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Marc Morial of the National Urban League
Published: 29 November 2006

In light of the recent elections, the U.S. Congress appears poised to look more and more like America — at least in its leadership.
African American lawmakers are expected to have more clout than they have ever had before on Capitol Hill. A total of five Black U.S. Representatives will chair House committees.
Yet, as more and more minorities rise to the top of the institution, their ranks are pretty meager among congressional staff members who play a major role in crafting national policy — especially at the senior level and in the U.S. Senate.
Last August, a report by the Congressional Management Foundation found that only 20 percent of U.S. House staffers are people of color. But where the lack of diversity is most evident is in the Senate where only 6 percent of 4,100 employees nationwide are of color, according to a June 2006 analysis by DiversityInc magazine. That compares to nearly 30 percent of the general population and 34 percent of the magazine's top 50 companies for diversity.
The subject appears to be in the words of 1992 presidential candidate Ross Perot, the "crazy aunt in the attic" who no one wants to talk about. Unlike corporate America, congressional lawmakers aren't subject to most labor laws. 
Of senior-level staff in the U.S. Senate, about 7.6 percent are people of color — 2.9 percent Black, 2.8 percent Asian and 1.9 percent Latino. This compares to 24 percent of managers (9.7 percent Black, 7.2 percent Asian American and 6.4 percent Latino) and 15 percent of senior-level executives (6.1 percent Black, 4.8 percent Asian American and 3.8 percent Latino) at companies in the magazine's so-called Top 50 for Diversity.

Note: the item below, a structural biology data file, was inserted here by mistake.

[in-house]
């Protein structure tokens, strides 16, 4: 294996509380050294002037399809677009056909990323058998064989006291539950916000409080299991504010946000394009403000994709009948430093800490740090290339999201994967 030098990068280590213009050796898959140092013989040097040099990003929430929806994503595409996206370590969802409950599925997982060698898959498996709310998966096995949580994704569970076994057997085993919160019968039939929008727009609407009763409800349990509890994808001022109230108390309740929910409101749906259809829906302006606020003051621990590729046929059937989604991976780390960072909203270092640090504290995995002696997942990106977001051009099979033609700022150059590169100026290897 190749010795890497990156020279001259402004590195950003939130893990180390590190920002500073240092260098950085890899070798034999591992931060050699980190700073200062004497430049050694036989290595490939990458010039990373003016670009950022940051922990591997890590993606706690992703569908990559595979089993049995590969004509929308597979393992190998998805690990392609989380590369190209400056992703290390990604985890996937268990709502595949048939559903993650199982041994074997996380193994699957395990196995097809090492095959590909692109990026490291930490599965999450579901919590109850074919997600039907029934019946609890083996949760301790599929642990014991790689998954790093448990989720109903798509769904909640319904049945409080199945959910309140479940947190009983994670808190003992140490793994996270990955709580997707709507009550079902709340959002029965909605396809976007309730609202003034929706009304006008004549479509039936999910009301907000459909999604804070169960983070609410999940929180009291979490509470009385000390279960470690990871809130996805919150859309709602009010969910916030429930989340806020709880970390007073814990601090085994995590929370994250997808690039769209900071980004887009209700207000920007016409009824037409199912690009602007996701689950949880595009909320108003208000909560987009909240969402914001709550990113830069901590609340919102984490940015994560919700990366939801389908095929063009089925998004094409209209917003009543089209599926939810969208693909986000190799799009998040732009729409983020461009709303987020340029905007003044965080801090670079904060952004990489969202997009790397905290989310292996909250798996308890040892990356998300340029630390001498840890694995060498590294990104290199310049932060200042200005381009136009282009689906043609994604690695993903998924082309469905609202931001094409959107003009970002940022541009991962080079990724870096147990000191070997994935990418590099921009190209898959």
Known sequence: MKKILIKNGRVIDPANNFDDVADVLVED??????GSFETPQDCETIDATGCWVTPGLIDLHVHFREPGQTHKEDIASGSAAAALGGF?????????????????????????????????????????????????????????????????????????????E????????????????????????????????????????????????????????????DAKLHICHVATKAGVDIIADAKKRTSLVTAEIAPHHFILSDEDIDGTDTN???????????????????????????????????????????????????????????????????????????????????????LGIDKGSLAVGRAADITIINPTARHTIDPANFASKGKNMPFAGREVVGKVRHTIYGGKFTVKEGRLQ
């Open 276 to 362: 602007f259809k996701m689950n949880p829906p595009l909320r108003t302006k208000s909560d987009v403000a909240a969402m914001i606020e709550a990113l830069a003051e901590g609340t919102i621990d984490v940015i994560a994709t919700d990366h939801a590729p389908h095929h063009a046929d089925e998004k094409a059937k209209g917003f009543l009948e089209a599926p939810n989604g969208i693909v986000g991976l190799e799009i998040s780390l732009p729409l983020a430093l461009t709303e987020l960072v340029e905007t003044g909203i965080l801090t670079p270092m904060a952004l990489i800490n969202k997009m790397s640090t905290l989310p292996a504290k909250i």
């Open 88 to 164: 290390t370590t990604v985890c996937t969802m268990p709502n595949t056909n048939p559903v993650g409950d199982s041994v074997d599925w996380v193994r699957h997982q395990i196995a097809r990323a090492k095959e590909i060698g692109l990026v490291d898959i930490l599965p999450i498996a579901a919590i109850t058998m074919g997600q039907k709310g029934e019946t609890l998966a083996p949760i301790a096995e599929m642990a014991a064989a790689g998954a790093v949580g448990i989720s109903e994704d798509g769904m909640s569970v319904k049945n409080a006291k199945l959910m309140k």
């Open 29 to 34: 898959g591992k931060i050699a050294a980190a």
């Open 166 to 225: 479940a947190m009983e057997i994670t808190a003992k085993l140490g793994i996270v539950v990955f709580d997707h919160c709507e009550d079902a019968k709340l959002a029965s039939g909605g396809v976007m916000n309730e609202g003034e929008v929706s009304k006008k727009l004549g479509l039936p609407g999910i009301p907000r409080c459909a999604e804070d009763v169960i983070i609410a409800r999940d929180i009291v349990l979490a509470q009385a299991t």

In the early 1990s, redistricting paved the way for the election of 13 more African American members of Congress, leading to an increase in the number of employees of color. It also expanded the pool of qualified candidates for mid- and senior-level positions.  Still, especially in the Senate, limited networking and candidate pools, as well as hiring from within, have contributed to the difficulty faced by minorities trying to shatter the congressional glass ceiling. The fault crosses party lines, according to DiversityInc.
"Democrats, who historically have considered themselves the champions of people of color, are no better than the Republicans. With a few exceptions, senators of both parties refused to discuss their diversity problem," the story stated.
In her June 2006 Roll Call editorial, Donna L. Brazile called upon lawmakers to take a hard look at the example they are setting for those they've told to clean their acts up. At the National Urban League, we've made it our mission to help Congress increase its diversity by helping identify and place qualified African Americans in congressional offices. 

Marc H. Morial is president and CEO of the National Urban League.

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